Spotlight on Retiree Health Care Benefits for State Employees in 2013
The largest portion of non-pension benefits for public employees is typically retiree health insurance, which most states provide. Although a sizable majority of state workers have access to retiree health insurance, similar to pensions, the two benefit categories differ significantly in regard to their protected status, costs, short- and long-term financing, and benefits offered.
This brief uses recent data samples to highlight characteristics of health benefits states offer to their retired workforce while exploring how the health benefit differs from pension benefits available to this same group. It also considers the underlying Other Post-Employment Benefit (OPEB) finances, approaches states take to paying for retiree health care, and the range of policy and program changes made to retiree health benefits by states since the end of the recession. Key findings include:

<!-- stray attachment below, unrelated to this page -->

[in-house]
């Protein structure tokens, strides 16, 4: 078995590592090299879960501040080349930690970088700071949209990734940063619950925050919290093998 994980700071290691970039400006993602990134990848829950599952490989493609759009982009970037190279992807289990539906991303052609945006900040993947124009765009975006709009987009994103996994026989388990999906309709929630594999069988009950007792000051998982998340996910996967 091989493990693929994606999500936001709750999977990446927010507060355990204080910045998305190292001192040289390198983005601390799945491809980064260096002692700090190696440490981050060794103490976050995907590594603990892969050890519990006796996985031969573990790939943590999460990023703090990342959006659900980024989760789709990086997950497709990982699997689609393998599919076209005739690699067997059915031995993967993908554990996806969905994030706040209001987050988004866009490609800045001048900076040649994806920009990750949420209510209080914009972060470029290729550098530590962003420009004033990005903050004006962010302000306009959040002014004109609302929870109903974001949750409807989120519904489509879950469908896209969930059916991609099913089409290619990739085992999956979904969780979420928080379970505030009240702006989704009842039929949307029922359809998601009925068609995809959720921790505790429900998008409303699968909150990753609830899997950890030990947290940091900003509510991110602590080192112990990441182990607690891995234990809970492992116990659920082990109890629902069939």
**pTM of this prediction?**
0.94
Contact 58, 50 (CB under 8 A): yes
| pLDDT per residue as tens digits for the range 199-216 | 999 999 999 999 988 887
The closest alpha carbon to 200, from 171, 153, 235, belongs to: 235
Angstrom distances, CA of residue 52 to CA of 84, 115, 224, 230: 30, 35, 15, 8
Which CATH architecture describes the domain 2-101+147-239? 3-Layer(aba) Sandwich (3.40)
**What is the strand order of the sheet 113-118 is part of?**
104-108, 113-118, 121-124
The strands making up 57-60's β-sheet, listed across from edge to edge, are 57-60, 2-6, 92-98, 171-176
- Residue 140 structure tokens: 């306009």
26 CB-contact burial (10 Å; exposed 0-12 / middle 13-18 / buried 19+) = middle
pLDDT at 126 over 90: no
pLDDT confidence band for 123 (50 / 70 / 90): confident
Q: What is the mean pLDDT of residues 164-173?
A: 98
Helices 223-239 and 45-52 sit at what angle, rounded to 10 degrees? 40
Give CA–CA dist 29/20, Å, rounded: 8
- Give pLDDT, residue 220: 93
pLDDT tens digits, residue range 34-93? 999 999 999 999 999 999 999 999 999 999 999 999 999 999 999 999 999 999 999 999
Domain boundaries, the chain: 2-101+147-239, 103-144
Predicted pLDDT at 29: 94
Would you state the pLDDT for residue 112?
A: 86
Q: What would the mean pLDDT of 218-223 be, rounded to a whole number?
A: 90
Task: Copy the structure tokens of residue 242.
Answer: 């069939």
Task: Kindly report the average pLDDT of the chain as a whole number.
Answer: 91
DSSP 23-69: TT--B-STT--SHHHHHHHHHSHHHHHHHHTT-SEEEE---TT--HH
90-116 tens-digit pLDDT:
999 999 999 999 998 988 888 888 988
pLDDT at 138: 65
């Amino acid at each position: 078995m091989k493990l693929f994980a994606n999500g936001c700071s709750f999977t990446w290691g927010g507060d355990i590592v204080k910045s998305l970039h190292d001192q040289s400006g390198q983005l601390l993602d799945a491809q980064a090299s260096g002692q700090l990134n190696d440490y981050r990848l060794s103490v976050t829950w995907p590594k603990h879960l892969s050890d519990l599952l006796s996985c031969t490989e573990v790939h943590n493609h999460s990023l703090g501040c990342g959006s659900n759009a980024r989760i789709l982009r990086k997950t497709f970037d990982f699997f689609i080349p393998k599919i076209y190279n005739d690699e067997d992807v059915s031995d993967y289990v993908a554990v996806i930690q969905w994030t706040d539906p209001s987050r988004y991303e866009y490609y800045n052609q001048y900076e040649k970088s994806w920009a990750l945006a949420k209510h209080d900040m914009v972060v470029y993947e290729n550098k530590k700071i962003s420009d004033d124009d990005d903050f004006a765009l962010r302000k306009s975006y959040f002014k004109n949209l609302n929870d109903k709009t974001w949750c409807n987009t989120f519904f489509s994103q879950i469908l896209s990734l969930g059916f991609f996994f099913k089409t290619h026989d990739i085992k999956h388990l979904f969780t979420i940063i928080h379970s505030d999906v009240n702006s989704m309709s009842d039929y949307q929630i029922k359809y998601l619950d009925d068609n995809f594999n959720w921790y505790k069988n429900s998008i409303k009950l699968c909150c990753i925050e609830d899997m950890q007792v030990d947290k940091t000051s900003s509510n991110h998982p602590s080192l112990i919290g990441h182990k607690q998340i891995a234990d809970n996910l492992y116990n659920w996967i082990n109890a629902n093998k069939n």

- Health care as a portion of overall public employee wage and benefit compensation has increased from 10 percent in 2004 to 12 percent in 2012.
- Fewer state government units offer retiree health care benefits now compared to 10 years ago.
- Retiree health care obligations on a per capita basis vary widely among states.
- Unfunded retiree health care liabilities are concentrated in a minority of states: of all state retiree health care unfunded liabilities, 80 percent are attributable to 12 states.
- States use a variety of methods to reduce their retiree health care costs, most commonly shifting more costs to employees and retirees.